The subterranean world of Mycorrhizae

In the world of indoor gardening there are literally hundreds of products that all claim to make a difference for your plants, whether they are lights, nutrients or soils. Don’t get me wrong there are many fantastic products out there. In this industry everybody is looking for the healthiest and biggest plants which in turn give the highest possible yields. There are few things less rewarding than seeing your plants thrive after all the care and attention that you have given them. There is a lot more than meets the eye though.

Under that lush green canopy there is a whole separate world that we cannot see with our eyes. Below the surface there is a hive of activity that keeps your plant thriving. Microscopic organisms that are busy decomposing organic materials and transforming them into nutrients that the plant can take up through it’s roots. It is safe to say that it is the roots that provide the basis for a healthy plant to thrive. What if I told you that there is a way to increase the surface area of your rootzone by up to 700 times? Mycorrhizae can do exactly that!


What is Mycorrhizae?

The word “mycor-rhiza” literally means fungus-root. Mycorrhizae is a beneficial fungus that needs a physical connection with a plants roots to survive. It is not the fungus that is the sole benefactor of this connection. The plant itself benefits tremendously from the fungus attaching to its roots as well. The plant and the mycorrhizae form a symbiotic relationship that is highly beneficial to the plant. These benefits include, increase nutrient uptake, higher yields, increased resilience to outside stress factors.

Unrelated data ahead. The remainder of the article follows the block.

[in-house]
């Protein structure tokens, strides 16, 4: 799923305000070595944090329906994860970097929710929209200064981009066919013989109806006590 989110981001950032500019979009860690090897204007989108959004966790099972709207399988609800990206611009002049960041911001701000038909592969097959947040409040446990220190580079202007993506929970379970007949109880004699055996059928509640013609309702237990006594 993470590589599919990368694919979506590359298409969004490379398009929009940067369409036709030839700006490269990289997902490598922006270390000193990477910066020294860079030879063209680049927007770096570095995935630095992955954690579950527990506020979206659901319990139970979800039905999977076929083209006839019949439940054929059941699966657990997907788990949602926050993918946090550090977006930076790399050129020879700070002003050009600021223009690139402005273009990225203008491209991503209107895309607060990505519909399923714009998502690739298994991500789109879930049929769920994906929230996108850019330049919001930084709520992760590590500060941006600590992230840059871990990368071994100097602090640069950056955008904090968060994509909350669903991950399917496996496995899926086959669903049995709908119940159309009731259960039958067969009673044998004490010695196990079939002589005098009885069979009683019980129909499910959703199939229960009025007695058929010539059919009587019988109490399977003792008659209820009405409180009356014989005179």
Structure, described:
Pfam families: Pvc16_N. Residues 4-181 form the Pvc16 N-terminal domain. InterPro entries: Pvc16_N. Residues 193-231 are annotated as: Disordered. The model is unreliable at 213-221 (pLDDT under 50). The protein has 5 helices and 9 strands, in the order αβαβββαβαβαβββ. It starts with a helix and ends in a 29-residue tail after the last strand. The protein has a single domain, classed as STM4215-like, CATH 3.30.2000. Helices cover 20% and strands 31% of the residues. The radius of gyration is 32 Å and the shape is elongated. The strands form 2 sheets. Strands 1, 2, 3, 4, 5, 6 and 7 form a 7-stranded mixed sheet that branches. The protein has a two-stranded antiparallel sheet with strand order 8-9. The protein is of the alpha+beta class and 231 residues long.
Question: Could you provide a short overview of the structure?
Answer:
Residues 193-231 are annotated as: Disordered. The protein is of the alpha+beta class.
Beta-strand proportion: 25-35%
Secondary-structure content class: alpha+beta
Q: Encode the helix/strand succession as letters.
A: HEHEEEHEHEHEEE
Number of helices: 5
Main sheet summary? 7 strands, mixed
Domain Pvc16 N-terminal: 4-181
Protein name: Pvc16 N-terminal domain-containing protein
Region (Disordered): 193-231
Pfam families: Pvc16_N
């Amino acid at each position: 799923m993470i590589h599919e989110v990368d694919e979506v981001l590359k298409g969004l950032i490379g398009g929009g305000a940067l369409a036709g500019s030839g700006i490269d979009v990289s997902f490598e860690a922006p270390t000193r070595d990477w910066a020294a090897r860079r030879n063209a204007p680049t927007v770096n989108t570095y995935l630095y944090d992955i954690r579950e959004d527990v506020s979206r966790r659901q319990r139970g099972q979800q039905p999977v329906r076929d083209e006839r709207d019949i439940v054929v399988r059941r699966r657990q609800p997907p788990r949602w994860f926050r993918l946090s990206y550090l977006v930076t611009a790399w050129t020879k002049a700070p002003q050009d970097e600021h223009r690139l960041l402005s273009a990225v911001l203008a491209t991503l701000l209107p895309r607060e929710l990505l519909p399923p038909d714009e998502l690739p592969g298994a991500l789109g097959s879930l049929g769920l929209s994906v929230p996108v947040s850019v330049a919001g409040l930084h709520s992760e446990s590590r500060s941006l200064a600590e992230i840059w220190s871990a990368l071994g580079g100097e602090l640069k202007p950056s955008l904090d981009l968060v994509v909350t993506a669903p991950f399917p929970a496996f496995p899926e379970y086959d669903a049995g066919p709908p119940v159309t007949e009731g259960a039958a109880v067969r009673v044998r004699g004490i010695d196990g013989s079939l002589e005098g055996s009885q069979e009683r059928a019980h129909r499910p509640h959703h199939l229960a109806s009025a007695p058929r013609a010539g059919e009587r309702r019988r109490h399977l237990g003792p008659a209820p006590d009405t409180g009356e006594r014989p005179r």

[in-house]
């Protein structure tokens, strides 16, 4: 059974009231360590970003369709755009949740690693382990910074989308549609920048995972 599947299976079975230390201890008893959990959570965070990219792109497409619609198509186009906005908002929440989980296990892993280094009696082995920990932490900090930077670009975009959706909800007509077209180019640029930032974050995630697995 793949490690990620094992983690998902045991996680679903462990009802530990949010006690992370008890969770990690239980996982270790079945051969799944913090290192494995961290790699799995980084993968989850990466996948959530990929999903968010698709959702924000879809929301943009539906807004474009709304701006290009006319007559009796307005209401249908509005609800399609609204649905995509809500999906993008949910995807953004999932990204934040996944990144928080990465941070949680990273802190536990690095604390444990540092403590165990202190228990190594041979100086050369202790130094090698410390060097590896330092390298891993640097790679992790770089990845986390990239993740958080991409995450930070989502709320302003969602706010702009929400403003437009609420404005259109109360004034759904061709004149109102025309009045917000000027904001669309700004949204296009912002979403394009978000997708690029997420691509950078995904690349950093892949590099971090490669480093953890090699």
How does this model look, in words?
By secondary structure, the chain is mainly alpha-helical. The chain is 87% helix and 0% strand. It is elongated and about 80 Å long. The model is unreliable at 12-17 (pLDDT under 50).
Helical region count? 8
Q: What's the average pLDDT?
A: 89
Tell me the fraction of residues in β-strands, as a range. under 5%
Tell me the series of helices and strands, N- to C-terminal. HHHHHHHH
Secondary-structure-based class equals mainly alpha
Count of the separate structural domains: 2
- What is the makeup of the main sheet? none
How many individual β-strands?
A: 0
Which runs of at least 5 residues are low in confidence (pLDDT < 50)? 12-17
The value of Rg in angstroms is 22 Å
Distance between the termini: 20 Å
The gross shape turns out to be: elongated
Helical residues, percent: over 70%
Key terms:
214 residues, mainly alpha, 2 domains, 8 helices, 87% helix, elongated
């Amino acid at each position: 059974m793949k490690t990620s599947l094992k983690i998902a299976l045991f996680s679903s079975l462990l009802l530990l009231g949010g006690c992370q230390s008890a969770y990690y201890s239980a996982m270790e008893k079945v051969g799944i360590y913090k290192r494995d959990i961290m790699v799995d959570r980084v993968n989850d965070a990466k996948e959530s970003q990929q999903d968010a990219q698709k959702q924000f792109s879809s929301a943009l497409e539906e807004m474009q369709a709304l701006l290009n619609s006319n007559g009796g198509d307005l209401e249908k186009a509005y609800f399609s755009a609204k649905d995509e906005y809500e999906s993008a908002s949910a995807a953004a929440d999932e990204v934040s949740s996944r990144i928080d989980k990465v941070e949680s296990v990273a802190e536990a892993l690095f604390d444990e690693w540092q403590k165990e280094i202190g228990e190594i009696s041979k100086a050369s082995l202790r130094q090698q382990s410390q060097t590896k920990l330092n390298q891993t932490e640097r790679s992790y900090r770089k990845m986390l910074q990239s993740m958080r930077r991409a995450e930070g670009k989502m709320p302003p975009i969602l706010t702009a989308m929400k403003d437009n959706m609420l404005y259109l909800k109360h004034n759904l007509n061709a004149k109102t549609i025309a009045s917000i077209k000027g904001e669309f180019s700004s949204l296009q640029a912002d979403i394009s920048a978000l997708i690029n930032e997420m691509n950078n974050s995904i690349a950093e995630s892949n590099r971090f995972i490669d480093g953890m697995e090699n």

There are different types of mycorrhizae. The ecto-mycorrhizae attach themselves only to the surface of the roots, endo-mycorrhizae penetrate the cells of the roots. This allows them to become a functioning extension of the plant’s roots. This greatly increase the surface area of the root system and thus allows the plant to take up air, water and nutrients much more efficiently. Can you already see the benefit for your plants? Besides helping the plant take up nutrients this bigger and healthier rootzone can also store the valuable nutrients for later use.

The Benefits of Mycorrhizae

  • Greater flower and fruit production and higher yields
  • Larger and healthier plant growth
  • Enhanced stress resilience (drought and heat)
  • Improved uptake of water and nutrients
  • Increased plant health makes them less susceptible to pest and diseases
  • Reduced need for fertilizer
  • Improves soil structure


*the difference between a plant with and without the help of mycorrhizae

How to use Mycorrhizae

In most organic soils mycorrhizae are present to one degree or another. It depends however on how many spores are in the soil already. By boosting the substrate with added mycorrhizae you can make sure that there is a large and healthy amount of spores present in your substrate. Mycorrhizae works great in organic soil, cocos substrate, rockwool as well as other soilless media.

What is most important is that the mycorrhizae make physical contact with the roots, this is required in order for them to be activated. So how should you apply mycorrhizae?

  • You can mix a water soluble mycorrhizae in with your nutrient solution
  • You can sprinkle the mycorrhizae directly onto the roots when transplanting
  • You can cover the surface of the hole where the plant will go with mycorrhizae

By providing your plant with carbohydrate fertilizer you will also feed the mycorrhizae in your substrate, which will allow them to develop even faster.

The downside to Mycorrhiza

There is none! Yes, you read that right! You can’t go wrong when using mycorrhizae. You should always stick to the manufactures advise on how to use the product, but you can’t burn your plants with mycorrhiza. Mycorrhiza does not contain any NPK so it is not a fertilizer product. If you give your plant to much, the excess mycorrhizae will simply die with no negative effects to your plants.


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